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Sunday, August 1, 2010

Ill Fares The Land

I just finished reading Ill Fares The Land by Tony Judt. I know I and many of the folks I talk to constantly wonder how we got into the state we're in. The country that is. Judt has done a great job of explaining that it was perhaps inevitable that we would wind up here. Our country was founded on suspicion of government - it has just taken a completely sinister turn from mere suspicion to downright hostility in the last couple of decades.

As for what to do...that he doesn't do such a good job at explaining. He talks about how we need to have discussions - but the trick is how to do that when the words we normally would use have all become demonized and distorted and discredited.

Take the word socialism for example. This word is now a desccriptor of evil incarnate - at least according to the far right wing. The issue is that we already have socialism in this country. Every country does. It is how the country, state, or community does things that no single individual could possibly do on their own. Think freeways, fire departments, police, airports, water and sewer systems, and so on. Socialism is how individuals join together to do projects FOR THE COMMON GOOD.

Of course, common good has become another of those demonized terms. Judt discusses the phenomenon of gated communities where the residents feel they are enclosed in safety, completely self-sufficient and not really part of the larger community in which they are located. However, the gated community is not any safer than the open community - in fact, if something happens, the private security personnel must often call upon the official police department or sheriff's office to actually deal with crime. If a home catches fire - the 'outside' fire department will respond. The roads on which they drive in and out of the gates are paid for by all of the rest of us too - and they get to use them. Their water comes from the same place as the rest of ours, and their sewage winds up in the same place.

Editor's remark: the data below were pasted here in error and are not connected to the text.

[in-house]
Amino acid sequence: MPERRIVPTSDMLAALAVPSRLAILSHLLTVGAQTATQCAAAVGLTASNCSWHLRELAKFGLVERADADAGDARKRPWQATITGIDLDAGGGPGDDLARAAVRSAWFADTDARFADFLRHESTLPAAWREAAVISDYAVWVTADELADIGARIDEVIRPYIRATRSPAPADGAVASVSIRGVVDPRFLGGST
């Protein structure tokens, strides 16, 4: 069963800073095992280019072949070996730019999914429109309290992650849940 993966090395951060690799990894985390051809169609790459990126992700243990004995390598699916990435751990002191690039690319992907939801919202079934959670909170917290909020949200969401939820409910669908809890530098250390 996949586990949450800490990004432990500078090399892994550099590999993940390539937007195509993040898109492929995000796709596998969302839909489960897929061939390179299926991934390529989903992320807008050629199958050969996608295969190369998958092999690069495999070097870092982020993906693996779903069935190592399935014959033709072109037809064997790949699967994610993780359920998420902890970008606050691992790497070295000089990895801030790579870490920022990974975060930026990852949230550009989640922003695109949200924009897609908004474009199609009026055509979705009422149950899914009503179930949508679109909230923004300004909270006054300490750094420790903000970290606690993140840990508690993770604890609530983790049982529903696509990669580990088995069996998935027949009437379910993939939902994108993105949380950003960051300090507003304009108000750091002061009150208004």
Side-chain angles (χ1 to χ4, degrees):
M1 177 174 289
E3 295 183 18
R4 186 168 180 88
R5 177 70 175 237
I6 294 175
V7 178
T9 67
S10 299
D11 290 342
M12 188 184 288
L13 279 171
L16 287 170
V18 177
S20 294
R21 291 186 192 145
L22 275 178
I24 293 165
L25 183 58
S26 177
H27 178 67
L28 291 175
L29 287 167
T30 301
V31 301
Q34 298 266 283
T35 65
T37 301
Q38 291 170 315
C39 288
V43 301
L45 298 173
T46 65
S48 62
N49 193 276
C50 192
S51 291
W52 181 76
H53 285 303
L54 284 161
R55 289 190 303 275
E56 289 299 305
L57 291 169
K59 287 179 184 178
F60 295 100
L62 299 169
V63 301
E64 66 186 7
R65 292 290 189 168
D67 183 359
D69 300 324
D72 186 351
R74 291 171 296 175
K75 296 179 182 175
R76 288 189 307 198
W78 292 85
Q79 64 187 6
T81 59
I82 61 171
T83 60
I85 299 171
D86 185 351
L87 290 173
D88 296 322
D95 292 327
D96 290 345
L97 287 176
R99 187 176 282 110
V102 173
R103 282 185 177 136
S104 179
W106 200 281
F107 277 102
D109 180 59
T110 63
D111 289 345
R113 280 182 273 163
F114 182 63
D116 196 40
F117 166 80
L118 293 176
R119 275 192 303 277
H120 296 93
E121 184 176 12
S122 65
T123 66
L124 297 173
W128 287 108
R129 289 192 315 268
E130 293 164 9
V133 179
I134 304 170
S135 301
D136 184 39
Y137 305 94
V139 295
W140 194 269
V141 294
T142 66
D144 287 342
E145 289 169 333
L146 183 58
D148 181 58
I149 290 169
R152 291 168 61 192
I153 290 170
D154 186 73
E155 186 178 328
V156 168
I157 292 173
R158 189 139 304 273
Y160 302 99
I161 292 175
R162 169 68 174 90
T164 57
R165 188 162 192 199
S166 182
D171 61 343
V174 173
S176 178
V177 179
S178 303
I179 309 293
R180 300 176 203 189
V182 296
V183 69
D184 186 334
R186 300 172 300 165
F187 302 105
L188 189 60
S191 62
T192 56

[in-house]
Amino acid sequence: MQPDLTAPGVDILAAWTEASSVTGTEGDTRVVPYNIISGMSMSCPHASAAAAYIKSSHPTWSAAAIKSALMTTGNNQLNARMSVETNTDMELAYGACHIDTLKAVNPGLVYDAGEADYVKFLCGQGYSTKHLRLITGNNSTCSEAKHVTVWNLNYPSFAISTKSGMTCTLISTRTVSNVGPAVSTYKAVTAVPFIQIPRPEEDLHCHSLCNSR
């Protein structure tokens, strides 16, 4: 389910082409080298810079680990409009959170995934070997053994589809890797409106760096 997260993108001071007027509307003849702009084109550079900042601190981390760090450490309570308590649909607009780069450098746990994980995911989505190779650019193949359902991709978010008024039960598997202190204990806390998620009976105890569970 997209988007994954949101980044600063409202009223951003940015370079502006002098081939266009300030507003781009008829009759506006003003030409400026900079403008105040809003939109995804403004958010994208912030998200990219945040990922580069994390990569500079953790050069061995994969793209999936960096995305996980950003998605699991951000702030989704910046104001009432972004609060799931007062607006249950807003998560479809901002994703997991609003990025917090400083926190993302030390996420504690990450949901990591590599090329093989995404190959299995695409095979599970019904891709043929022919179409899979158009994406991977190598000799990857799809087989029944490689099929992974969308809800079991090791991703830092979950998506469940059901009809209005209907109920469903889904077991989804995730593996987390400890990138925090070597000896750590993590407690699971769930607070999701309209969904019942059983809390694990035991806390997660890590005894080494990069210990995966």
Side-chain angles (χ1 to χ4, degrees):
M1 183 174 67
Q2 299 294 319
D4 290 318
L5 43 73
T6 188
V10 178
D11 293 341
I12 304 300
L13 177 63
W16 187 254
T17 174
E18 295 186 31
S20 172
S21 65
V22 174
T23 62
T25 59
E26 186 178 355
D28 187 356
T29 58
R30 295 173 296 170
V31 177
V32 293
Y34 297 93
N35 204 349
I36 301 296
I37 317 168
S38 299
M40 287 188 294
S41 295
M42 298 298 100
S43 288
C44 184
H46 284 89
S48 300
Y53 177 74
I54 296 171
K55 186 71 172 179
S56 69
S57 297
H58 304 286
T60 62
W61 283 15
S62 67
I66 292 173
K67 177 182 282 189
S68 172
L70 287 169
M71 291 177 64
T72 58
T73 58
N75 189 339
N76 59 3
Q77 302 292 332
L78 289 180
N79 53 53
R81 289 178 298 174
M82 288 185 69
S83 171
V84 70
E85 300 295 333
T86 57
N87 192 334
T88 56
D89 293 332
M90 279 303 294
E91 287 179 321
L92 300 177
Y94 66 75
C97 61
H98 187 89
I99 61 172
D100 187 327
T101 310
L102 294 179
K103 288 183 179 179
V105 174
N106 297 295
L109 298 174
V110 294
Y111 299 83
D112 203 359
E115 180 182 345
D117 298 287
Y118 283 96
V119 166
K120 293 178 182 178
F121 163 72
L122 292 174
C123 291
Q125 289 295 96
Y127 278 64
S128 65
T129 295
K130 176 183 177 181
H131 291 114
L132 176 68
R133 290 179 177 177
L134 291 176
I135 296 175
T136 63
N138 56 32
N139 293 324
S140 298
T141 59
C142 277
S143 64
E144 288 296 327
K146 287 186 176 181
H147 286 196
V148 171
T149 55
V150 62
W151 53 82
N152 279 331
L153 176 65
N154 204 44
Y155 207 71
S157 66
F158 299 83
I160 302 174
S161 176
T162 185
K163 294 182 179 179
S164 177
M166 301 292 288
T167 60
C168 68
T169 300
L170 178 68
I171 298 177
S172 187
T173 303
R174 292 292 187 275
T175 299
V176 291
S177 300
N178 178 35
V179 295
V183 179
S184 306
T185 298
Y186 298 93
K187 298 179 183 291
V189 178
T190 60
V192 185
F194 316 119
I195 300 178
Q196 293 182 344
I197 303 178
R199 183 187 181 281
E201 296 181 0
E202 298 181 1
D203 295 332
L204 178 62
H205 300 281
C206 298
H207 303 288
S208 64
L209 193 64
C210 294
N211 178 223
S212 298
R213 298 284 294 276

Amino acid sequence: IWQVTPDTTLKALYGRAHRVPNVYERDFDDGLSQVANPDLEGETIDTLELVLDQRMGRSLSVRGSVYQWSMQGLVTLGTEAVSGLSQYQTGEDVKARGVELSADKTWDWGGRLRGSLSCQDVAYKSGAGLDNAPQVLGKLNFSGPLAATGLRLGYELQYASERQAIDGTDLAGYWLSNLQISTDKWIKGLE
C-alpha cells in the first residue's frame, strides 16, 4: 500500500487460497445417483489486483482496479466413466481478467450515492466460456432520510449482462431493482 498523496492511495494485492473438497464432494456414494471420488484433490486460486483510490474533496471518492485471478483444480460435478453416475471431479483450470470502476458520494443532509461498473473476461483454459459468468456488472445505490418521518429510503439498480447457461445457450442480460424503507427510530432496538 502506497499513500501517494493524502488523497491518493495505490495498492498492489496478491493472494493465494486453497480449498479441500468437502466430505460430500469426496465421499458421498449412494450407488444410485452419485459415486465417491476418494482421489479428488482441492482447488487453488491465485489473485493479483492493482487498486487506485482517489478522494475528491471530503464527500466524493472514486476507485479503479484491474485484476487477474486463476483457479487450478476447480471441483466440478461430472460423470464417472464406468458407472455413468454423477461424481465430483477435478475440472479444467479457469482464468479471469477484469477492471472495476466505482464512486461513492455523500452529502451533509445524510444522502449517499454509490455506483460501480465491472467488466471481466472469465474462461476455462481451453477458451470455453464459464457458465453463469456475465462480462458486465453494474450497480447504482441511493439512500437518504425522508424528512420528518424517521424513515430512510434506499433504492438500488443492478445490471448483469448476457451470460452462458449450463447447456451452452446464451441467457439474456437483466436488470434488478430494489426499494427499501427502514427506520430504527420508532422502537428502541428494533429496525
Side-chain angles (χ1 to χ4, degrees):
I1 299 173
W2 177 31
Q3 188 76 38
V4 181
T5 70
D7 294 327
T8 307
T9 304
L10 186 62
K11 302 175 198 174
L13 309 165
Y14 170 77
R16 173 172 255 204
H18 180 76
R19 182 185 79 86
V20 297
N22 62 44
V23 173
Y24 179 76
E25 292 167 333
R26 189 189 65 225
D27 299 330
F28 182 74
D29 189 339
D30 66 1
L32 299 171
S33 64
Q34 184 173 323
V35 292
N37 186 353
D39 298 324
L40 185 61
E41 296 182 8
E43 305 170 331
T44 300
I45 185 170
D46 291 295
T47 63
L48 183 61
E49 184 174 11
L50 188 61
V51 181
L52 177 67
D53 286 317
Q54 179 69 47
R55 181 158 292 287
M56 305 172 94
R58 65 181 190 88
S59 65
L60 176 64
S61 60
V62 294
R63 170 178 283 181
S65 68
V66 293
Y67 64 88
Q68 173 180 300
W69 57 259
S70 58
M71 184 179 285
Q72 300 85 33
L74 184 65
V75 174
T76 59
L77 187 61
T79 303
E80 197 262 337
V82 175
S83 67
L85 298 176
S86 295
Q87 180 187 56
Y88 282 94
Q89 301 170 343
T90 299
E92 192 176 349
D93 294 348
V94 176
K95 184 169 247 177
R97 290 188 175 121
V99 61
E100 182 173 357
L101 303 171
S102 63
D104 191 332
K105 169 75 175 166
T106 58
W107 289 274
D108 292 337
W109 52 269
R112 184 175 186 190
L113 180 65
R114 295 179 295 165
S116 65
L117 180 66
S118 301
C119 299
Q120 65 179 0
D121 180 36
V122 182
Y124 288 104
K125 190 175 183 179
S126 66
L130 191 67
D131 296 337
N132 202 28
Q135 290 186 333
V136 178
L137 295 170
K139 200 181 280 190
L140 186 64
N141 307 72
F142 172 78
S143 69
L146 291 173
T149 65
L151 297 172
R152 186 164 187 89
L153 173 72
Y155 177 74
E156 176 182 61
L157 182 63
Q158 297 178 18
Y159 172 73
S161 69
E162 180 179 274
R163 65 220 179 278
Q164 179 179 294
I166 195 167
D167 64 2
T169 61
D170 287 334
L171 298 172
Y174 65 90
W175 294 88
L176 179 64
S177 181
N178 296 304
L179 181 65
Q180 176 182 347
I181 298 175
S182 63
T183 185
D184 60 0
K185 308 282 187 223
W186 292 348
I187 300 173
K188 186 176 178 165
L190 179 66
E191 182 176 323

One point Judt makes about our society is worth considering seriously, and that is the idea that people want their government to make moral choices. This is not the same as religious values. The idea that people should not kill or rob each other is not a religious value, it is a common moral value. The same applies to government. Moral choices, like the one to provide some sort of assistance to people unable to work, are not necessarily cost effective in an economic sense. But Judt argues that economic efficiency is not always the best choice.

Judt uses the example of railroads (passenger) to demonstrate that although they usually are never profitable, there are clearly high values of a non-monetary sort to be gained by the government subsidizing trains as a means of transportation surely, but even more importantly, as a link between more rural and poor areas with the rest of the country. This link is important for building a sense of community - and even though in the US we prize individuality above all else, we cannot survive without our communities supportiing us. There are really almost no persons in this society that are completely self-sufficient. And the supports often come from the government whether we want to admit it or not.

I highly recommend that everyone read this book - it is a really good starting point for a conversation. And we really need to start having this conversation - even if we have to make up new, untainted words to describe what we want!

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